Today’s Super Comic — Captain America #21 (2006)

captain_america_vol_5_21There’s a lot going on here, all of it fun.

For the first time since World War II, Captain America and Bucky team up to take down a giant robot! And it’s just like the old days, aside from Bucky being the Winter Soldier, of course.

London superheroes Spitfire and Union Jack guest star and clobber a new Master Man (always good to clobber Nazis). Agent 13 (Sharon Carter) takes on Crossbones and Sin (the Red Skull’s daughter). And though his body his dead, the Red Skull shares a brain with an evil Russian, and somehow a non-corporeal Skull is far creepier than a corporeal one.

Issue #21 is a big action fest, though it builds on what’s come before, maintains ongoing story arcs, and continues to set up future threads. And during it all, writer Ed Brubaker and artist Steve Epting successfully balance classic comic book fun with a modern tone.

An enjoyable time all around.

Writer: Ed Brubaker

Artist: Steve Epting

Publisher: Marvel Comics

How to Read It: back issues; Marvel Unlimited; Comixology; included in Captain America: Red Menace (TPB)

Appropriate For: ages 14 and up

Today’s Super Comic — Captain America #14 (2006)

captain_america_vol_5_14I was reading an entirely different comic the other day, one that won’t appear among these all-positive reviews. It wasn’t bad on the whole, but the villain totally fell flat. He seemed formidable, sure, but the writer primarily used exposition to sell this new nemesis. No organic connection between hero and villain ever developed, and the result was utterly generic.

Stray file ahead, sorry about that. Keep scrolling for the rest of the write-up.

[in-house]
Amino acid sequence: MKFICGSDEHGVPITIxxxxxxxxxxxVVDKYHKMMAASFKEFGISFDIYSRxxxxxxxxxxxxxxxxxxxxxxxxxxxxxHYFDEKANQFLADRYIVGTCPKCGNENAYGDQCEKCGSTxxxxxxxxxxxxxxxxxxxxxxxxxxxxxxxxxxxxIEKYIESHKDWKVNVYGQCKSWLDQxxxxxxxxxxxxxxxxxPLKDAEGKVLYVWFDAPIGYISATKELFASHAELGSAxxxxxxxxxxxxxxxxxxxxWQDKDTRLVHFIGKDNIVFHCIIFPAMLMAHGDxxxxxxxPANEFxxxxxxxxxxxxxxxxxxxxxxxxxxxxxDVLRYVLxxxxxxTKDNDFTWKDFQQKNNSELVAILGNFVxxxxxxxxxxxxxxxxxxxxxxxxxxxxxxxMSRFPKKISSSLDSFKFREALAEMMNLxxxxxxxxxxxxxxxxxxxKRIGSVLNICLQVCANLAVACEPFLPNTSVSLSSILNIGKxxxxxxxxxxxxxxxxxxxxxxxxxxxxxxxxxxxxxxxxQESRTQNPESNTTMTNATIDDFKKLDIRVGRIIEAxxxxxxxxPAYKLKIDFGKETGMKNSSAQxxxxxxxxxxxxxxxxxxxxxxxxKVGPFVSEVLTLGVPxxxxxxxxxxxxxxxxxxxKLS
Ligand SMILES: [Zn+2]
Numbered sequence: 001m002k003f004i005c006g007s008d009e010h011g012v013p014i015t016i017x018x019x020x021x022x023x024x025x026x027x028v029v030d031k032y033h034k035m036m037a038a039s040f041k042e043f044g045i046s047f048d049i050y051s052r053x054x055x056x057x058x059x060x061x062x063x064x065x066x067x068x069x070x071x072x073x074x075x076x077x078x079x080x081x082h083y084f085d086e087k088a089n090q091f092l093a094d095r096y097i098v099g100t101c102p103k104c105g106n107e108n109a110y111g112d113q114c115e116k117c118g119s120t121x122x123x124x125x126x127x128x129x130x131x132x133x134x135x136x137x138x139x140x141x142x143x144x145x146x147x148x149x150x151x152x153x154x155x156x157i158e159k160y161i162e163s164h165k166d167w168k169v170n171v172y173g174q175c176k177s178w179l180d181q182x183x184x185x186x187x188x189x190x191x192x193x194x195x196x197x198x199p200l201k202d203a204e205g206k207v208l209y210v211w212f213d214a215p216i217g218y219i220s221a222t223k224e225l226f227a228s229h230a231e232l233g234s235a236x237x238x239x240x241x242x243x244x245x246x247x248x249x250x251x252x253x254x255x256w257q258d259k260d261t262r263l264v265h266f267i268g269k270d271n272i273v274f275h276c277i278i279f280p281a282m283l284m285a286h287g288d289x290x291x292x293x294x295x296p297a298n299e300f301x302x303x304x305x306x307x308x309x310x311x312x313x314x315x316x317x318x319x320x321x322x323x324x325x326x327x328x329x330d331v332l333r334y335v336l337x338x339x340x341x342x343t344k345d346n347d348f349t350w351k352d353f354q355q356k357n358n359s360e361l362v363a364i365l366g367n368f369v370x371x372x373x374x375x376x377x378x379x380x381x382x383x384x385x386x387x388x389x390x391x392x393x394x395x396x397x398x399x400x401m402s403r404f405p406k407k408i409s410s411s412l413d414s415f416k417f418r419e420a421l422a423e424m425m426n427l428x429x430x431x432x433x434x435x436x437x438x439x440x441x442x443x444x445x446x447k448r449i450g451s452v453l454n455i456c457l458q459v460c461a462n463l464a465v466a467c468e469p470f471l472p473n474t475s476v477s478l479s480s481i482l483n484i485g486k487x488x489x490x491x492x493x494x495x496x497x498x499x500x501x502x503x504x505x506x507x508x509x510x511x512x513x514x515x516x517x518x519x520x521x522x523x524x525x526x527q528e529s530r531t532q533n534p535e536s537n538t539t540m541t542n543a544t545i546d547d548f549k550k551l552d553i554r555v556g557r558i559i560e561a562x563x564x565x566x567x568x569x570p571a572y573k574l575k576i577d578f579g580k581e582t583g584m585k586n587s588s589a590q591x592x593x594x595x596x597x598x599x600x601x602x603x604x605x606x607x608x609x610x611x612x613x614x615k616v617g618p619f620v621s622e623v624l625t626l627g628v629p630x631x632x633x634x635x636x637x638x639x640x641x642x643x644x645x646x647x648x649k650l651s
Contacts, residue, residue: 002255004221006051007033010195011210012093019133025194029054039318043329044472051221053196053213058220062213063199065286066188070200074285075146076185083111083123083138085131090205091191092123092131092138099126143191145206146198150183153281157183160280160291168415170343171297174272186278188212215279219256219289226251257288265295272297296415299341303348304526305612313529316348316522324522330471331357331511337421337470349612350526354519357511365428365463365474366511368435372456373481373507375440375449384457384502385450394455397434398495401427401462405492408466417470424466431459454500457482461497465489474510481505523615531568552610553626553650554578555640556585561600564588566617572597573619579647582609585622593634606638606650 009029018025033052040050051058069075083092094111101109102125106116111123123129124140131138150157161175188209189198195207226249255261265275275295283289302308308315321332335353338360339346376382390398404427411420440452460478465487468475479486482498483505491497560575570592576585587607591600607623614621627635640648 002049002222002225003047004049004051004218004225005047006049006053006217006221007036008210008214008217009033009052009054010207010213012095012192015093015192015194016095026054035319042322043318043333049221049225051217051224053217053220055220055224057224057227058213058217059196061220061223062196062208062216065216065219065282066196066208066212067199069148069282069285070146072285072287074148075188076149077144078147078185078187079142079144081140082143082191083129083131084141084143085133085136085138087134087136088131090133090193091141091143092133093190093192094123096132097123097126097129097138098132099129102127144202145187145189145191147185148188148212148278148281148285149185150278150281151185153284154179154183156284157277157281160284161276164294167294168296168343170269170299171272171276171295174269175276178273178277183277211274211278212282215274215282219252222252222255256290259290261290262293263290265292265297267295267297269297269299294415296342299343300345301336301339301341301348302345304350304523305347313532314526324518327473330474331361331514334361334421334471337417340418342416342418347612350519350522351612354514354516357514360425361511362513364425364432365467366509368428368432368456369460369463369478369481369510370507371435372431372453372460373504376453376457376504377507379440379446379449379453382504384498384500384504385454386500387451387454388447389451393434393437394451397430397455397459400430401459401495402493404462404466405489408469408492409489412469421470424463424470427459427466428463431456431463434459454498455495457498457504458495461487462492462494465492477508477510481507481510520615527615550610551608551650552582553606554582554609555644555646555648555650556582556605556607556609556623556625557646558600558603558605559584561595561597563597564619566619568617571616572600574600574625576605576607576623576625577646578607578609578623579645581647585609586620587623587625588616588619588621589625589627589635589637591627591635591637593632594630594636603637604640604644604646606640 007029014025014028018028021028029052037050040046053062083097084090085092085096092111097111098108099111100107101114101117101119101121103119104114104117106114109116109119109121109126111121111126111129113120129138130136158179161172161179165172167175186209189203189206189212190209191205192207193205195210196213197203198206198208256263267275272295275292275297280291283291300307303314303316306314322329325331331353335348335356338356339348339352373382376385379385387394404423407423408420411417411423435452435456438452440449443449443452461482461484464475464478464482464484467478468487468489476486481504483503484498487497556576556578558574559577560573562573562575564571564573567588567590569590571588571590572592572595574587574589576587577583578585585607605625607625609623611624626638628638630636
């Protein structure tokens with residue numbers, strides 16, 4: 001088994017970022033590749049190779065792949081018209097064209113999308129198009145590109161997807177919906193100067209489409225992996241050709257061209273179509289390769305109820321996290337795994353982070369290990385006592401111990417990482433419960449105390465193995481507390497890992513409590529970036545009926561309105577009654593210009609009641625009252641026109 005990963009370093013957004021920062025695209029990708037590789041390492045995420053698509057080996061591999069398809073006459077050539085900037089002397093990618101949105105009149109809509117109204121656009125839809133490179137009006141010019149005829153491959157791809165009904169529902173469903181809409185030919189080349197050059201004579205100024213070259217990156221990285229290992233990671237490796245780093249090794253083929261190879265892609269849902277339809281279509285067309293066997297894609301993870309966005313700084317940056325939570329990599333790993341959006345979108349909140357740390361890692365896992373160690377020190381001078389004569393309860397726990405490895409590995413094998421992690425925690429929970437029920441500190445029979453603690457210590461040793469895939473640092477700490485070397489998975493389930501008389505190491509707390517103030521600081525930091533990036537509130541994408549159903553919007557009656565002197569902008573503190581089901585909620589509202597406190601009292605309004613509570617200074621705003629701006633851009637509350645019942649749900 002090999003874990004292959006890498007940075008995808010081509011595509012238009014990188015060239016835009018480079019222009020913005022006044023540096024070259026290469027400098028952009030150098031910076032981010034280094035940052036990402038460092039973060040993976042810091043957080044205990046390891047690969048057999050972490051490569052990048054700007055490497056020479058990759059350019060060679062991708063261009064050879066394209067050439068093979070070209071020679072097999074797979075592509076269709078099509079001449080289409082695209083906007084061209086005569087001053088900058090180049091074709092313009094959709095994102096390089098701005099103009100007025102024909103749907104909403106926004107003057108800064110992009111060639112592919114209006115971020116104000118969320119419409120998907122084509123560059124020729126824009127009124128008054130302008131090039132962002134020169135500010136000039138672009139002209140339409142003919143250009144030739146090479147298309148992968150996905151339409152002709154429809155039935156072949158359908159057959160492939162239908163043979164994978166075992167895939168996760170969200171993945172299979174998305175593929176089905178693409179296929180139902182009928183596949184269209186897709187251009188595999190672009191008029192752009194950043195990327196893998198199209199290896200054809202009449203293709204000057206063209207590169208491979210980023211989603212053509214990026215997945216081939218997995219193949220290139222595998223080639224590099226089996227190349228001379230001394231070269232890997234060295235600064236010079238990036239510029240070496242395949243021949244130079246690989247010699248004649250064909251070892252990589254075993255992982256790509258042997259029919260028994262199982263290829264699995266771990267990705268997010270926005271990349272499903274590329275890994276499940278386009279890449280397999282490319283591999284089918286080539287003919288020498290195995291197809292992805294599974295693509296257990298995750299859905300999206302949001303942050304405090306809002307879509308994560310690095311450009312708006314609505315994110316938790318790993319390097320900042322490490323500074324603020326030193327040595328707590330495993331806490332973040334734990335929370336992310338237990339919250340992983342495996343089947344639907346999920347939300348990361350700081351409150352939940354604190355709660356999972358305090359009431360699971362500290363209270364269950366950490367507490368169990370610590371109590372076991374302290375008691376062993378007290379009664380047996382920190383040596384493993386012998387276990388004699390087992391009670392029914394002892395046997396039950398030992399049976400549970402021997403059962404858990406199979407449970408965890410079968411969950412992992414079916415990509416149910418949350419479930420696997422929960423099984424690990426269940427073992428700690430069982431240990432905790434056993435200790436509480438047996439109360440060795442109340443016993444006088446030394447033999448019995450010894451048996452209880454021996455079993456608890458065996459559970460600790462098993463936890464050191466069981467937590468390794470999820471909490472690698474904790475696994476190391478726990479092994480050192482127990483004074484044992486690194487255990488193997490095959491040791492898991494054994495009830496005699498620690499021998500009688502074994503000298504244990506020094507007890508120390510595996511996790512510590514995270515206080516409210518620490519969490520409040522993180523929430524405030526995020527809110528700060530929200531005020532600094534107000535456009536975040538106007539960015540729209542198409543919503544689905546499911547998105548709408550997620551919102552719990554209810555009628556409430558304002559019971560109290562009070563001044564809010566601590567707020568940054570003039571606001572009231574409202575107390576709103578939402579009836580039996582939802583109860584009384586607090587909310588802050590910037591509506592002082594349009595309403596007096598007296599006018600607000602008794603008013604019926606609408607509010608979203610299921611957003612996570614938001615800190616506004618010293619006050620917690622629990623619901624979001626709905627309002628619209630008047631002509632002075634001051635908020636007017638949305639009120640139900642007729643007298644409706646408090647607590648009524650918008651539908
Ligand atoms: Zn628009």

Everything that storyline got wrong, “The Winter Soldier” gets right. The initial arc concludes in Captain America #14 (though the story is far from over), as Captain America finally confronts his friend-turned-enemy.

Bucky Barnes, now the Winter Soldier, isn’t some random villain shoehorning himself into Cap’s life—he was a major part of that life back in their shared glory days. And now Cap needs to not only stop Bucky from hurting others, but he also needs to save Bucky, too. Cap genuinely cares about his opponent. That adds a nice extra dimension to the usual hero/villain conflict—stopping the bad guy means saving the bad guy.

Well…maybe.

Oh, and Sharon Carter/Agent 13 and Falcon are in this, too. They’re a bit overshadowed in this issue, but their presence is always welcome. Lot of great characters in this book.

I remembered this series was great, but I had forgotten just how great. The folks behind the Marvel Cinematic Universe were wise to draw inspiration from this particular story.

Writer: Ed Brubaker

Artist: Steve Epting

Cover: Alex Schomburg and Steve Epting

Publisher: Marvel Comics

How to Read It: back issues; Marvel Unlimited; Comixology; included in Captain America: Winter Soldier (TPB)

Appropriate For: ages 14 and up

Today’s Super Comic — Captain America #12 (2005)

captain_america_vol_5_12Retconning is tricky business. The writers are basically meddling with fictional history—changing backstories to suit current stories. When dealing with the Marvel Universe’s elastic timeline, tweaks are often necessary to keep things modern. But when the adjustments are more ambitious, books can easily go off the rails…or, when done properly, they can further enrich characters and stories.